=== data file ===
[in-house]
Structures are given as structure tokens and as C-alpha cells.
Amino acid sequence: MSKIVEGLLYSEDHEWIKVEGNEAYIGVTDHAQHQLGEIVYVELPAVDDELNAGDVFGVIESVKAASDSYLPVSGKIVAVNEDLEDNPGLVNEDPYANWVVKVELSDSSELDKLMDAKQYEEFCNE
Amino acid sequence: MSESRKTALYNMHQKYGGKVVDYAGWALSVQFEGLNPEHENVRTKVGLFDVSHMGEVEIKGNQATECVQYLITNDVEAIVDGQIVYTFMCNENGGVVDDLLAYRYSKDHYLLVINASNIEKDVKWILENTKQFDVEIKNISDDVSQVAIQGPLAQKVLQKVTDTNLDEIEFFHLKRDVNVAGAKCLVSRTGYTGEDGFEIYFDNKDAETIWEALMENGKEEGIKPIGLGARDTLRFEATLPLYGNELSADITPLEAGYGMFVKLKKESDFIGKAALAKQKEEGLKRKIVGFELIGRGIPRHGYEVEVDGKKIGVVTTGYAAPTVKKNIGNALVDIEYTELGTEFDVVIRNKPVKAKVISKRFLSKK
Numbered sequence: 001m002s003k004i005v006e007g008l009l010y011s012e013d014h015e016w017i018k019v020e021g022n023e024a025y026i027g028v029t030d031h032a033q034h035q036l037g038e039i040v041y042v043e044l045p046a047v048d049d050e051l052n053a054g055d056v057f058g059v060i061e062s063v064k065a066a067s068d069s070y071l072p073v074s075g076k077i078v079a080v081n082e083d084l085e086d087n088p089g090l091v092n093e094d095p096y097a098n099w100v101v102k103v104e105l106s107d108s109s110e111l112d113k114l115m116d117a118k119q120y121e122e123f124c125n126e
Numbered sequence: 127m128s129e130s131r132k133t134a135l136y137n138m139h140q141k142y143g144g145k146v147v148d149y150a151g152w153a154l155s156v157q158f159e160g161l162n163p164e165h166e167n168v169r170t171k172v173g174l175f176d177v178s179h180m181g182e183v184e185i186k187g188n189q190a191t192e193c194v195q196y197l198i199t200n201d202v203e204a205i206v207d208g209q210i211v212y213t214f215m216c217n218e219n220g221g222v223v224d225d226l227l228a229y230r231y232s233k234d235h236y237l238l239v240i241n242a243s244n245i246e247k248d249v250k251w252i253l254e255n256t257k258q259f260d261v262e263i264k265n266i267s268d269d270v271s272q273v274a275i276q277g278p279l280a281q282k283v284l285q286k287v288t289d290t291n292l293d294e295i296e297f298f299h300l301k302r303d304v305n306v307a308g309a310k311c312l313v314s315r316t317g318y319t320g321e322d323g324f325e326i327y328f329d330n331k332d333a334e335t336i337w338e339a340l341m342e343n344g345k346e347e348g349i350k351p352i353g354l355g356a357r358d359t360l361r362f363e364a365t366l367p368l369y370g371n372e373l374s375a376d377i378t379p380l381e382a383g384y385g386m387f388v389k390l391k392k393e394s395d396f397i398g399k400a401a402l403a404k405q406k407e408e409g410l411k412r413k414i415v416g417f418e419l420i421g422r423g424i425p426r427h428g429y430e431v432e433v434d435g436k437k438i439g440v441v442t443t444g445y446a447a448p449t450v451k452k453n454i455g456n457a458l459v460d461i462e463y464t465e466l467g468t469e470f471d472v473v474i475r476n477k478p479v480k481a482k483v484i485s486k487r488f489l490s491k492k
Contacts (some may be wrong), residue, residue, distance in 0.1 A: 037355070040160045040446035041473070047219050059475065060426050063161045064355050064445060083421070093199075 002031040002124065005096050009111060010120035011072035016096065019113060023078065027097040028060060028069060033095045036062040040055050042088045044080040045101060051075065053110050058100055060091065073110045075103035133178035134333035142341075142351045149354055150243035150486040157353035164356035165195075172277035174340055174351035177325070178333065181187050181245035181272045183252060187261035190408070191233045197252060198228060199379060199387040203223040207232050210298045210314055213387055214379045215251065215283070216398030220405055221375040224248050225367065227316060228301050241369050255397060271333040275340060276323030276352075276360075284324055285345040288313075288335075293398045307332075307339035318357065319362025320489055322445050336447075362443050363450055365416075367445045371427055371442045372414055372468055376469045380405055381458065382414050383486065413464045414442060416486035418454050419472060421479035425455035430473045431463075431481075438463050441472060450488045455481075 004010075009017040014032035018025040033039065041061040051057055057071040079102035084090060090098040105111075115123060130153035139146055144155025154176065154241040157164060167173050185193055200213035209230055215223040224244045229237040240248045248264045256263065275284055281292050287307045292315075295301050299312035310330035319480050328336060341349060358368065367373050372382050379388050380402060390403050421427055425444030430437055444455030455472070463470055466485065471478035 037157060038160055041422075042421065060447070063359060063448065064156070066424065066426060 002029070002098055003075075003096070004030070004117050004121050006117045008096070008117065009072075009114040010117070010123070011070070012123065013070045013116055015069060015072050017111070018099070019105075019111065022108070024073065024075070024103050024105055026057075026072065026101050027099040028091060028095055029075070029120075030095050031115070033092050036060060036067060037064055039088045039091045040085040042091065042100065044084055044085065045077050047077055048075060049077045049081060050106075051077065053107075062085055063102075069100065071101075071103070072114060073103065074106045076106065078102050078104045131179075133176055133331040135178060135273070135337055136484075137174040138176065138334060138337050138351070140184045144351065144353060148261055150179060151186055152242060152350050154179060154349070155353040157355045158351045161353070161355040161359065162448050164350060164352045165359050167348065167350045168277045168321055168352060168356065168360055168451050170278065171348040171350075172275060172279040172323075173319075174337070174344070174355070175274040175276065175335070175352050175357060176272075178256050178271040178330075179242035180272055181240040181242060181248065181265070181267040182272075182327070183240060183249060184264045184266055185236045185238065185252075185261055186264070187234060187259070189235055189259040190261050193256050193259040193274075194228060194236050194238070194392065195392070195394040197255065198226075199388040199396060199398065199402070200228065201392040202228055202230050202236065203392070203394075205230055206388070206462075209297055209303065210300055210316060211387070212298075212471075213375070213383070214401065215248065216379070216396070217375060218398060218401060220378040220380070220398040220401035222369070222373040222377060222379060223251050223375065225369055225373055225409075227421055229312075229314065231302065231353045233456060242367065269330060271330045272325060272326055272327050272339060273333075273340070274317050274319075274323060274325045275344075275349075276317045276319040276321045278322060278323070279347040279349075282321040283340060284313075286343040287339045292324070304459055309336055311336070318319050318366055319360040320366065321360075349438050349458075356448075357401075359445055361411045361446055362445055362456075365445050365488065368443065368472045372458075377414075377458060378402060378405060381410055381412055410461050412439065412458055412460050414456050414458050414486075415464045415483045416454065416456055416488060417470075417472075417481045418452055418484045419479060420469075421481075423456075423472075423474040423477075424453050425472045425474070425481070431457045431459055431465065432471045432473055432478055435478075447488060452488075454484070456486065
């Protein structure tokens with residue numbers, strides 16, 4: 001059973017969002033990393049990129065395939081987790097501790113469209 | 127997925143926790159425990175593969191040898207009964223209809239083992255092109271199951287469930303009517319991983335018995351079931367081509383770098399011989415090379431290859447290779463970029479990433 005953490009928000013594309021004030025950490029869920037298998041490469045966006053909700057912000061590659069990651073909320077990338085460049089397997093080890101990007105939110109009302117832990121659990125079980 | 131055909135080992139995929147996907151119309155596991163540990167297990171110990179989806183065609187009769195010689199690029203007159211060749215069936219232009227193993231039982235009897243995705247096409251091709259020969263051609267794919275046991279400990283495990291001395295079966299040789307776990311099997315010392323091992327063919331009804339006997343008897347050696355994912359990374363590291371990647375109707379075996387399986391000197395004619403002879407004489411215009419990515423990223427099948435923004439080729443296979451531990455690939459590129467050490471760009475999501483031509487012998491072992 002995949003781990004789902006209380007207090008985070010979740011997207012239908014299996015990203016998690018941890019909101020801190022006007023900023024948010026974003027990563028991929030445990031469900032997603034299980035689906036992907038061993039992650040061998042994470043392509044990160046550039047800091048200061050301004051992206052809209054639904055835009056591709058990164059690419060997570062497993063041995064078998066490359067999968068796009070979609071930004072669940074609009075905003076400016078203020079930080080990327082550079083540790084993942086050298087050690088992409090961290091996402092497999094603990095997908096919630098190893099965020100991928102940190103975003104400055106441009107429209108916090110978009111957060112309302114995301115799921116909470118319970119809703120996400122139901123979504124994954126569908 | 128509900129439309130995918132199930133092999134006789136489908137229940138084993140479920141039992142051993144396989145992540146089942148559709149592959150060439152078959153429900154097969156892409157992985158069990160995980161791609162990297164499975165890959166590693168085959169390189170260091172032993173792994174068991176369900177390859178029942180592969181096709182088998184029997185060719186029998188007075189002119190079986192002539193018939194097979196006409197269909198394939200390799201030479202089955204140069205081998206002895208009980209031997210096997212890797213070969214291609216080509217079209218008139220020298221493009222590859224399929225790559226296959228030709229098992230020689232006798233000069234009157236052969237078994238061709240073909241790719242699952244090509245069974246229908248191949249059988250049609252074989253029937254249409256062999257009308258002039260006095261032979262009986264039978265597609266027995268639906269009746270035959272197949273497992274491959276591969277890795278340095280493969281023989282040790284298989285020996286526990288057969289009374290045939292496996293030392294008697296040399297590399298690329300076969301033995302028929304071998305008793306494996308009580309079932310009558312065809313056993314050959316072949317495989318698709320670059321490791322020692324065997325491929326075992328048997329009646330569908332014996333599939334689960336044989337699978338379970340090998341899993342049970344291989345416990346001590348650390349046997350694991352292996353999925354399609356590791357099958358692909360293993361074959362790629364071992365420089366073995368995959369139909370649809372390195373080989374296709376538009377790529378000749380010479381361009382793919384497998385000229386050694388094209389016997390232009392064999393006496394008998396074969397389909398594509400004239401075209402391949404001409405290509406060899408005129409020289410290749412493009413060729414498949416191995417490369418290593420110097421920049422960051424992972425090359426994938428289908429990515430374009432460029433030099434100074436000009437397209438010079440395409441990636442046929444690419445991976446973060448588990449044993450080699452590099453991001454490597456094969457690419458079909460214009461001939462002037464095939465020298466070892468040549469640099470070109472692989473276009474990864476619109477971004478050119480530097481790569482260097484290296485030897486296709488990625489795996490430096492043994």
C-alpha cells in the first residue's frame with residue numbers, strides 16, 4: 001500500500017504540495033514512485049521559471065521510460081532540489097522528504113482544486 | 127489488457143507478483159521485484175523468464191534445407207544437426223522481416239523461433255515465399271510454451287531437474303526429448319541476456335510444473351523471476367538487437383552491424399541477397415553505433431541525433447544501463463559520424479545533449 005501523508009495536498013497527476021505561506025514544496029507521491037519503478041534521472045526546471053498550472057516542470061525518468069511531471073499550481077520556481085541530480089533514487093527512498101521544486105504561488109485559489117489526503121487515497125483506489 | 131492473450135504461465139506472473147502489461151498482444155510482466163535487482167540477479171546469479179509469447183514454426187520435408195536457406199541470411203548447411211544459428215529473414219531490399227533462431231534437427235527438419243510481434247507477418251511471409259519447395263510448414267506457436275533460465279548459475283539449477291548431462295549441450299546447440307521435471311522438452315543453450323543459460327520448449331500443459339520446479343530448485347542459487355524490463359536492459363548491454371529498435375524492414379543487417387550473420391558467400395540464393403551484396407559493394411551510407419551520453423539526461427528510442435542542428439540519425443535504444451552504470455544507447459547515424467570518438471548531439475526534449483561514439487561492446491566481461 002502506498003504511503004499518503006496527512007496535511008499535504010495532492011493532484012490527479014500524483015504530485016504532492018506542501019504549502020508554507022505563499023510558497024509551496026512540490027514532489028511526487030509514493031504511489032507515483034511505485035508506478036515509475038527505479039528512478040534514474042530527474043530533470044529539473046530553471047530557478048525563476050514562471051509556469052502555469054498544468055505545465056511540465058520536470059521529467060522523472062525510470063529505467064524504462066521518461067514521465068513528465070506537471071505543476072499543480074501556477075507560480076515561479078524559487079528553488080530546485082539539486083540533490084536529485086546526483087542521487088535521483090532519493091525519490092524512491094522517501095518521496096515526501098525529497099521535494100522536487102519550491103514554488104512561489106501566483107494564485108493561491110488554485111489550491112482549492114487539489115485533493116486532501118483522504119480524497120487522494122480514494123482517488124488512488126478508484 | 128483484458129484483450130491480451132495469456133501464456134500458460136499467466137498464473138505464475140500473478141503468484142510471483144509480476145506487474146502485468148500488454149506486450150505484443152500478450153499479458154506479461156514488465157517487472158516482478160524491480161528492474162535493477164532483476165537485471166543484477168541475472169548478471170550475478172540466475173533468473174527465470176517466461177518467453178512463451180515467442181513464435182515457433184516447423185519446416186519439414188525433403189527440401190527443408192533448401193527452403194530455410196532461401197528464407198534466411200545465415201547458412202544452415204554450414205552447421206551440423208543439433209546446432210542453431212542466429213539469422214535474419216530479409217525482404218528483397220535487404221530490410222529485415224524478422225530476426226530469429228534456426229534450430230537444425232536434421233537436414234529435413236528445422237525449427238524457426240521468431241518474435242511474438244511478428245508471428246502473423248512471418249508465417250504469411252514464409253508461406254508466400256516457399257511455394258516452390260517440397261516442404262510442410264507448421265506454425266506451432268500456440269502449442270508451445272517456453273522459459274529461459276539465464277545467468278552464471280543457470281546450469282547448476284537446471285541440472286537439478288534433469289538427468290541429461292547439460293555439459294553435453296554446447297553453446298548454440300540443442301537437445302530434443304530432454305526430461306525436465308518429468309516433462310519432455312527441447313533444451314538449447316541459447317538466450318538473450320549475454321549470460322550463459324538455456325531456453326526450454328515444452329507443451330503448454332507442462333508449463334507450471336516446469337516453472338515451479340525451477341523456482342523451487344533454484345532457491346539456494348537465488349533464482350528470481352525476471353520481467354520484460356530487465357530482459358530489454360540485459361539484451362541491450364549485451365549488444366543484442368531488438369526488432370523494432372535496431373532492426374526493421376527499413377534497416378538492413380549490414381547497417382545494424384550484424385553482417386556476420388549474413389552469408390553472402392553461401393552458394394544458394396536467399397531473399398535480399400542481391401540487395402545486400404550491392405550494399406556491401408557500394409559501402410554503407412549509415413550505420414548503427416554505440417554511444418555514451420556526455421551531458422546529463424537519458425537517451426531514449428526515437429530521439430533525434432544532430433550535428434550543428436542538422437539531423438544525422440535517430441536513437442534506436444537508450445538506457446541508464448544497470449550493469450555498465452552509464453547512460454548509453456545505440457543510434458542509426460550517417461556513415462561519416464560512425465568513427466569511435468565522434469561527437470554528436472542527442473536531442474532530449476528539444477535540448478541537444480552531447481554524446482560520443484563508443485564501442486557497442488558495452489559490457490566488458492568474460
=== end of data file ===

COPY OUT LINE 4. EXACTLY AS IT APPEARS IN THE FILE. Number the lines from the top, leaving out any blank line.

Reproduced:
Amino acid sequence: MSESRKTALYNMHQKYGGKVVDYAGWALSVQFEGLNPEHENVRTKVGLFDVSHMGEVEIKGNQATECVQYLITNDVEAIVDGQIVYTFMCNENGGVVDDLLAYRYSKDHYLLVINASNIEKDVKWILENTKQFDVEIKNISDDVSQVAIQGPLAQKVLQKVTDTNLDEIEFFHLKRDVNVAGAKCLVSRTGYTGEDGFEIYFDNKDAETIWEALMENGKEEGIKPIGLGARDTLRFEATLPLYGNELSADITPLEAGYGMFVKLKKESDFIGKAALAKQKEEGLKRKIVGFELIGRGIPRHGYEVEVDGKKIGVVTTGYAAPTVKKNIGNALVDIEYTELGTEFDVVIRNKPVKAKVISKRFLSKK